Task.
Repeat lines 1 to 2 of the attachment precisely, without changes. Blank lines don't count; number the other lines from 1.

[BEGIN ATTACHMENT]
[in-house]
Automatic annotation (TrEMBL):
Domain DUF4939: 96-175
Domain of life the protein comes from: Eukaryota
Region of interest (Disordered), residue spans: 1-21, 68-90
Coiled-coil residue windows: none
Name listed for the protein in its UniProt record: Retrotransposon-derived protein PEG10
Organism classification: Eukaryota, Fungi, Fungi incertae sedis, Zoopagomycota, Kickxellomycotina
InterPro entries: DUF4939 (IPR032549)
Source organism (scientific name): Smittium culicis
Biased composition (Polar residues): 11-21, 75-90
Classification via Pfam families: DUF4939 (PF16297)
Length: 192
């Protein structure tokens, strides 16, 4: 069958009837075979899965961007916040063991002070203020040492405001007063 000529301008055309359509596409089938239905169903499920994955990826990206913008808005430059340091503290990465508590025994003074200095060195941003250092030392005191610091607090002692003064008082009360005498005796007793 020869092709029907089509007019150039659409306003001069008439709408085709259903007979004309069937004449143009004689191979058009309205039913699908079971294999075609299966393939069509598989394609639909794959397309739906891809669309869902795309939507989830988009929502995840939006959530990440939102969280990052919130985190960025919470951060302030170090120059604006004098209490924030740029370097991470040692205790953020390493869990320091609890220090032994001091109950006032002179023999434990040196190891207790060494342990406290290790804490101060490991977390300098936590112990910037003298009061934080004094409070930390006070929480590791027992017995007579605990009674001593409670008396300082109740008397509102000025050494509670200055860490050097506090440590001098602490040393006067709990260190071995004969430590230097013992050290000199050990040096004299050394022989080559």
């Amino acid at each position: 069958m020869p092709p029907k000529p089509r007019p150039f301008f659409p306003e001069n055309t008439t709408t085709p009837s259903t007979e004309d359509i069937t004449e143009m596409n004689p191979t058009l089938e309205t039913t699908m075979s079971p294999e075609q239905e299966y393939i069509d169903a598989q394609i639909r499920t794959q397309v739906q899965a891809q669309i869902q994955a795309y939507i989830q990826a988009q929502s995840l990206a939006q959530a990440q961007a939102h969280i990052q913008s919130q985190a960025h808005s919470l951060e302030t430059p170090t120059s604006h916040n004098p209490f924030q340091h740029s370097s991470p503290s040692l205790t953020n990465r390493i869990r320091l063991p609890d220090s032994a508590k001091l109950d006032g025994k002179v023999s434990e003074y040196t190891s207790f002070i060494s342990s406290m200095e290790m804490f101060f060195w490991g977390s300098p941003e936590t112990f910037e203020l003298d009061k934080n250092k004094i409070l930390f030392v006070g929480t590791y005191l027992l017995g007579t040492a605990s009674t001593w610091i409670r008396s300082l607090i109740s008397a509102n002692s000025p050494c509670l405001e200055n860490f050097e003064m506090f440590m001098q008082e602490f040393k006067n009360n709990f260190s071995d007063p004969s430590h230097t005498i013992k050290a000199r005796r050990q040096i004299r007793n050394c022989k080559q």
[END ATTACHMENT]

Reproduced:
[in-house]
Automatic annotation (TrEMBL):